4

I will be changing a 5TB database from simple to full recovery model due to new business requirement. The database has been in simple recovery model since 5 years.

My question is once I change the recovery model, full backup will be taken. But how to make sure the log does not grow for the database. Because estimated backup completion time is approximately 5 hours. I am thinking to create a job and schedule it such that the log backup starts after 5 hours. Is this a good method? Please advise. I wanted to make sure until the full backup of the database which just changed to full recovery model is completed, logs should not grow.

Thank you

3 Answers 3

5

When a database is in the Full Recovery Model, the Transaction Log continues to fill up and will grow once the Transaction Log file is full provided there is space available on the disk for the file to grow. If there isn't any space left for the file to grow, then you'll receive errors in your SQL instance when you try to run a transactional query (regardless if it's implicitly or explicitly transactional), which will be most queries.

When you take a Transaction Log backup, SQL Server marks the consumed space of the Transaction Log file as re-usable. This will allow the bytes of the log file to be overwritten instead of continually being appended to, and will help minimize growth of the log file.

This is independent of your Full Backups and when they finish. Now you will see errors in the SQL Server event log or job history log for when your Transaction Backups are running until the first Full backup completes. This is because you can't restore those Transaction Log backups without a Full backup that precedes them and are part of the same backup chain. But once the Full backup finishes, any subsequent Transaction Log backups will be usable and that error will go away automatically.

Given the above, most people schedule their Transaction Log backups to run at a frequency for the level of point in time recovery granularity that they need. Most times this is anywhere between every 1 minute or every 1 hour. I personally run them every 5 minutes, because it gives me better point in time recovery (less chance of data loss) and results in smaller backup files, so they complete the backup process a lot quicker (usually within a second). It also more quickly releases the log file for those logs to be overwritten, helping maintain the log file without it growing out of control.

Long story short, my advice would be to schedule your Transaction Log backups to run at the frequency of granularity you need for point in time recovery. The more frequent you can schedule them to run, the less likely your log file will grow out of control.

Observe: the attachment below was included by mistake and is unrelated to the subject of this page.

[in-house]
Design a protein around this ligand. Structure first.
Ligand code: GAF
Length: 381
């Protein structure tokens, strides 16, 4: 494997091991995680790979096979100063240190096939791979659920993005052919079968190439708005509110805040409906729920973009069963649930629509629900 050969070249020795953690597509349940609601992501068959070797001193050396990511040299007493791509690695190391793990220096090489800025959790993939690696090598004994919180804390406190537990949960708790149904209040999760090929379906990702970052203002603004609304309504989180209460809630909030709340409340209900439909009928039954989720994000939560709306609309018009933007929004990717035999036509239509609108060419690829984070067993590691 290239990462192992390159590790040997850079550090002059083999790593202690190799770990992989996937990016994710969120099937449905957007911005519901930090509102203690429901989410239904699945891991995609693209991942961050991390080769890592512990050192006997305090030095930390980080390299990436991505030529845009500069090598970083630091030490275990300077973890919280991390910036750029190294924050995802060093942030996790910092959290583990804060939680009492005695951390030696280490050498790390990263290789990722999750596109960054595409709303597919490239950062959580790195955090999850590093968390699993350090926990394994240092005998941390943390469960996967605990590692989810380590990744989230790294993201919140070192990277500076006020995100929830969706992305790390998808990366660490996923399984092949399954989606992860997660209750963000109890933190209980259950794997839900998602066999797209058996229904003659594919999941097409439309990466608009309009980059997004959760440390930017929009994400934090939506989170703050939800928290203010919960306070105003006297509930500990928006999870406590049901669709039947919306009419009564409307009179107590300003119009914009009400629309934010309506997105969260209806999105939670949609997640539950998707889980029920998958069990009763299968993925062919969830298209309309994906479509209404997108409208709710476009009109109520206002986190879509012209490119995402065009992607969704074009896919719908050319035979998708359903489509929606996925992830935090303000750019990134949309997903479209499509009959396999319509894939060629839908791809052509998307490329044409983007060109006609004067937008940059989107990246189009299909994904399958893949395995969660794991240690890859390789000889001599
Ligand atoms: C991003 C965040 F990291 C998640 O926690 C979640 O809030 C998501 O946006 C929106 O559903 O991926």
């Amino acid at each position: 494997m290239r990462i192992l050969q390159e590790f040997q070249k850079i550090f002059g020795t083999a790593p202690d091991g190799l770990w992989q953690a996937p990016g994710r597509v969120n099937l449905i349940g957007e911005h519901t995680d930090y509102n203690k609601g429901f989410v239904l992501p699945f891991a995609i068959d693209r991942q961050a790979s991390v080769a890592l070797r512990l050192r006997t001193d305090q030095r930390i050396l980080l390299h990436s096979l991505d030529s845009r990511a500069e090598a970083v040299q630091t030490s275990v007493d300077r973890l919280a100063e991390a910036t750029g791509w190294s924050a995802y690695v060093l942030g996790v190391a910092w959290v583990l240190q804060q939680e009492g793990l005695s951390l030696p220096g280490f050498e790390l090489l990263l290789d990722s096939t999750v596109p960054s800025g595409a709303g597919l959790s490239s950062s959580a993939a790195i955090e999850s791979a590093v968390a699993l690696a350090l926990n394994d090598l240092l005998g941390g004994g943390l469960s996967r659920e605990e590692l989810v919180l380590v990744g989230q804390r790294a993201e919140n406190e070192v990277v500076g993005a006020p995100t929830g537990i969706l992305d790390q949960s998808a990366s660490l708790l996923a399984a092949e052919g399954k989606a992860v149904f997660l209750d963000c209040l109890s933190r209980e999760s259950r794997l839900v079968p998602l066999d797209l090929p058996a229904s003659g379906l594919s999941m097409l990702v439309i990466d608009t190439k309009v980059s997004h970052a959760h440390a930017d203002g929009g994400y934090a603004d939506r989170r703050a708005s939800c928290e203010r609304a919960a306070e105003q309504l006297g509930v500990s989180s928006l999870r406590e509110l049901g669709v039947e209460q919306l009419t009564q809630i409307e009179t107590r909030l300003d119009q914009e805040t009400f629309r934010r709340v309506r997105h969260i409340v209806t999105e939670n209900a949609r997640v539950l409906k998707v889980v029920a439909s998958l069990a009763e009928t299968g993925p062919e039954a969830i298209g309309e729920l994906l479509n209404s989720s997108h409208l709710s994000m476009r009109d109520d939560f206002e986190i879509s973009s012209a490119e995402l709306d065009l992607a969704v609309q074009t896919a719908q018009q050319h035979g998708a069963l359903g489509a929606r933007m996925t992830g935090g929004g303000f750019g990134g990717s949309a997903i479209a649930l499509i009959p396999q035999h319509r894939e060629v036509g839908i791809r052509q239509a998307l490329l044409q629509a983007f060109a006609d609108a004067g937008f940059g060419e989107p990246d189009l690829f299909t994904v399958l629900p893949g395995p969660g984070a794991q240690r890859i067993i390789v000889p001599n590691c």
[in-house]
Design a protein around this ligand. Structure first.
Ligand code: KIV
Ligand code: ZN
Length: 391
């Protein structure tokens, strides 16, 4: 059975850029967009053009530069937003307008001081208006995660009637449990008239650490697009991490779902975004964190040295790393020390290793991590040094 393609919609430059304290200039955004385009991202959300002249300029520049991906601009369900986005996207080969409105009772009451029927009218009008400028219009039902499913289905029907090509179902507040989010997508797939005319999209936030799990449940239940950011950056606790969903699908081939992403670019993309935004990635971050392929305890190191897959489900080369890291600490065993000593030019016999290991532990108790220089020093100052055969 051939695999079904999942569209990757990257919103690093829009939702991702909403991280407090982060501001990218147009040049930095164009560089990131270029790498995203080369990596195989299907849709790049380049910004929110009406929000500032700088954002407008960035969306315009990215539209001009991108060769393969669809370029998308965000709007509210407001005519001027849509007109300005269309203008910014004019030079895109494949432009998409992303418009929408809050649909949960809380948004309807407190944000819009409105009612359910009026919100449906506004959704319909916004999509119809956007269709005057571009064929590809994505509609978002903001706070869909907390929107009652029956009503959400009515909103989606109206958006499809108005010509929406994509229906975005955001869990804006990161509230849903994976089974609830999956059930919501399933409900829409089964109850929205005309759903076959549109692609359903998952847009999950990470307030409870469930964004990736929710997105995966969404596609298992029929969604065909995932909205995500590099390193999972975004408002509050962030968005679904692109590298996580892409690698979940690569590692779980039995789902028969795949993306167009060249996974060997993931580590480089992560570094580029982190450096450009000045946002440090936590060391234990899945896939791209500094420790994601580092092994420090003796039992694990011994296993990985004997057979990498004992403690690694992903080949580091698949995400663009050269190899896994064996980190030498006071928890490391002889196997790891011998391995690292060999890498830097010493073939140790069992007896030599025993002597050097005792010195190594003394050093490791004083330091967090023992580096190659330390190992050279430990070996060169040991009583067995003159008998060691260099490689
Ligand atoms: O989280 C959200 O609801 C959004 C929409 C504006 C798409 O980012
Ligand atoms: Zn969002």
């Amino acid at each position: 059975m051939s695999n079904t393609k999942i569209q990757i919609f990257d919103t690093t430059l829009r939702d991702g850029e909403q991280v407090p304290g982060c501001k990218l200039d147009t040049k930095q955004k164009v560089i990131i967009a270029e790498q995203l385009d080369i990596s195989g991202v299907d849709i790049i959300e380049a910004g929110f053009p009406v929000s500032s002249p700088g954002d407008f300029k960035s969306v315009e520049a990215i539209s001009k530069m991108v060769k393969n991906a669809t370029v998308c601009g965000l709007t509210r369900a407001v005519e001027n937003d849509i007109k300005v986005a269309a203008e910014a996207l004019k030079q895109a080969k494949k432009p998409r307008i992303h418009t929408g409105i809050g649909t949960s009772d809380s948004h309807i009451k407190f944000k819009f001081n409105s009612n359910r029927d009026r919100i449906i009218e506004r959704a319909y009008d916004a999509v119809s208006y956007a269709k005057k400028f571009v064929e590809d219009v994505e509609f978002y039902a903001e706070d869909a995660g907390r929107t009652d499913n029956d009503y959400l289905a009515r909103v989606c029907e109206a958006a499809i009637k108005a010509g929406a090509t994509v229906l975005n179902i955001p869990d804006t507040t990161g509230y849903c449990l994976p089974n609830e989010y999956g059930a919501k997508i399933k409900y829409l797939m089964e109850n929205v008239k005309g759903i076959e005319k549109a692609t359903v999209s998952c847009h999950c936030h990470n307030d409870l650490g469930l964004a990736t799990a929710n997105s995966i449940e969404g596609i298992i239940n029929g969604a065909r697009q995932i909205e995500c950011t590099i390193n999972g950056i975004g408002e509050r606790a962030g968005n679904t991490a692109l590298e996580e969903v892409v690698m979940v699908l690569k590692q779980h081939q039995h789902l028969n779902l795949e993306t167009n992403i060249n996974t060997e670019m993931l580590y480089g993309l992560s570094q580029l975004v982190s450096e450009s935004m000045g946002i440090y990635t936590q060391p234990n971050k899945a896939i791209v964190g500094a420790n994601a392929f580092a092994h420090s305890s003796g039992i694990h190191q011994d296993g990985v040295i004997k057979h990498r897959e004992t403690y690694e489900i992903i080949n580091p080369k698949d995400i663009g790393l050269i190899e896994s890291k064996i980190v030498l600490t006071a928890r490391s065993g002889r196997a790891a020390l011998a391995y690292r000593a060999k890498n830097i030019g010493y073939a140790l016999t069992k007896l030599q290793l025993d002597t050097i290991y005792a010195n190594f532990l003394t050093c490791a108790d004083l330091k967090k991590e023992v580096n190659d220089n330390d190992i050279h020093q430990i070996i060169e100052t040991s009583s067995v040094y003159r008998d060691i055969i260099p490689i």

But please note, there's no perfect solution. Even a really large explicit transaction can cause your log file to grow, regardless of how frequently you back it up. That's just not usually the norm, and if it is, then the size that the log file grew to is an appropriate size that it should be kept at.

2
  • Thank you so much for clear explanation.
    – anu
    Mar 11 at 19:21
  • @anu Absolutely, no problem!
    – J.D.
    Mar 11 at 23:02
1

I would do this modification during the period where there is as less transaction as possible (be carefull if you think about doing it during off hours if you have maintenance job that also run during this period. Index rebuid can generate a lot of log).

Once the full is done, log backup should be taken regularly (depending on the activity and your RPO (the amount of data you can lose), the frequency may vary from every minute to hourly log backup).

Finally, I would make sure there is a lot of free space on the log disk (and maybe have another disk accessible just in case) and that the auto-growth is enable for the log files

1
  • Thank you for the key point to note regarding off business hours and also during index maintenance.
    – anu
    Mar 11 at 19:23
0

Once you set it to full the log will only be truncated until you take a log backup. In simple mode SQL Server truncates the log file on its own. In full recovery mode it is not dependent on how long the full backup takes or if you take one or not. The log is truncated (freed up) when a log backup is taken. Waiting five hours on a busy database (which your db seems to be) may result in a large log. If your log is not set to automatically grow or it runs out of space on your storage device the DB will stop and you will likely get a 9002 error.

2
  • To be in "real" full recovery model, a first full backup needs to be completed doesn't it ? This mean that before the first full backup completes (5 hours), any log backup would probably not truncate the log file doesn't it ? Mar 10 at 19:13
  • Thats true . so after changing it to full recovery model. i wont enable log backup until 5 hours or until the backup completes.
    – anu
    Mar 11 at 19:27

Your Answer

By clicking “Post Your Answer”, you agree to our terms of service, privacy policy and cookie policy

Not the answer you're looking for? Browse other questions tagged or ask your own question.